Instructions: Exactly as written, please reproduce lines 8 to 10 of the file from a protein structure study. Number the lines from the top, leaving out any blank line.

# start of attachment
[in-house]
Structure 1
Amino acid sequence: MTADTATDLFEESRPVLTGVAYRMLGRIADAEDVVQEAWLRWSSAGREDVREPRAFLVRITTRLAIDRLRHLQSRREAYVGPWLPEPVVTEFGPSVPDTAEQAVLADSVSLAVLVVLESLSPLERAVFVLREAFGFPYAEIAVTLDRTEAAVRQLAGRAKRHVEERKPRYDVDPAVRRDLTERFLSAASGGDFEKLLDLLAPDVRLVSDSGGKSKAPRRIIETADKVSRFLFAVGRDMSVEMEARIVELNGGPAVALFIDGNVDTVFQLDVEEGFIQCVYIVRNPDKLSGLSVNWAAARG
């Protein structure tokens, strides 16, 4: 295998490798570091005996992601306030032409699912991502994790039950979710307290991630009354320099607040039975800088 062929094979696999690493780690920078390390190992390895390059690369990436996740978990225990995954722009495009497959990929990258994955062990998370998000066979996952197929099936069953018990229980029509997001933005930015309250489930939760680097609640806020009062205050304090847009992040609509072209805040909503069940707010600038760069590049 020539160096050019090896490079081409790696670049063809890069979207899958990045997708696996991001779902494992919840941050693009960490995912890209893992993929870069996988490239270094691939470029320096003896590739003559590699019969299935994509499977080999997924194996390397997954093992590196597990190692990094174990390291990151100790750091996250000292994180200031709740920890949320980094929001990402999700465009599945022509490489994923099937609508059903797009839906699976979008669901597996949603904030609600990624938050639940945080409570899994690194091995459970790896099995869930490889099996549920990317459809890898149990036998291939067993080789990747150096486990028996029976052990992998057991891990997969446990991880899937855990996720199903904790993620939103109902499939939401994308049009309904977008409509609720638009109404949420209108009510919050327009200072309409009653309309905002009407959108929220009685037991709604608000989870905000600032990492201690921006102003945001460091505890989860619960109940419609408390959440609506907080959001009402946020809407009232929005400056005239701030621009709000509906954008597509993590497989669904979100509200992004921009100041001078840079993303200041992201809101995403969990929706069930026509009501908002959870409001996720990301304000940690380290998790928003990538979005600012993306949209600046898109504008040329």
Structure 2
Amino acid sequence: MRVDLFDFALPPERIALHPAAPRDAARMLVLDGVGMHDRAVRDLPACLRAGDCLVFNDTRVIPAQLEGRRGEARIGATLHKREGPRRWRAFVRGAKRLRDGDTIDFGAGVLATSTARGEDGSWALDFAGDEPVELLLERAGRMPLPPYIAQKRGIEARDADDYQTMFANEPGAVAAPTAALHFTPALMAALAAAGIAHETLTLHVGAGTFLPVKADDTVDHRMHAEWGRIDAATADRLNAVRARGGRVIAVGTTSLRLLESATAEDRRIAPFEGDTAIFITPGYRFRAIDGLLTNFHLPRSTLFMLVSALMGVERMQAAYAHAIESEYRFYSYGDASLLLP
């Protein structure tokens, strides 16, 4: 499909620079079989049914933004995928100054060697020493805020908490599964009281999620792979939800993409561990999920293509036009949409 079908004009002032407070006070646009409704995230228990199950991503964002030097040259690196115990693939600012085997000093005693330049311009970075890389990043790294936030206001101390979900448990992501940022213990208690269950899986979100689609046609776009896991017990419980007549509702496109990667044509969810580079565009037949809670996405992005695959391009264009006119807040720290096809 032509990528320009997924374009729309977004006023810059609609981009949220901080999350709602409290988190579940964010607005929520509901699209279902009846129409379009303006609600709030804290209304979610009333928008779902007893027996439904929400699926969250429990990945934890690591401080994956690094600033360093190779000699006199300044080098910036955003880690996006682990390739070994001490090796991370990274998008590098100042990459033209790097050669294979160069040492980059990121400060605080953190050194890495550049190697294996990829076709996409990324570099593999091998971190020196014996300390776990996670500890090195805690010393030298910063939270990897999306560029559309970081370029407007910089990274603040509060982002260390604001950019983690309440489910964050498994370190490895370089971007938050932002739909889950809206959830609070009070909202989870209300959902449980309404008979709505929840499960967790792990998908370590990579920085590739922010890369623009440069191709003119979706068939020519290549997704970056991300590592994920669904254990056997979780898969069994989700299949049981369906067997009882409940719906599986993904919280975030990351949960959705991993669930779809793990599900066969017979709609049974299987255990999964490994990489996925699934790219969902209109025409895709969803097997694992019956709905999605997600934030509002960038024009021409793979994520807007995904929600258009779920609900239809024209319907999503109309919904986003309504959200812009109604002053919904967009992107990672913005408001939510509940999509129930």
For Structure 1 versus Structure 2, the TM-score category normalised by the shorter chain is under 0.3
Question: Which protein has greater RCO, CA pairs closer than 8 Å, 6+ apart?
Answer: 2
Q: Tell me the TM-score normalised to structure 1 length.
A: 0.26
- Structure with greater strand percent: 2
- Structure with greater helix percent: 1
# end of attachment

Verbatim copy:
For Structure 1 versus Structure 2, the TM-score category normalised by the shorter chain is under 0.3
Question: Which protein has greater RCO, CA pairs closer than 8 Å, 6+ apart?
Answer: 2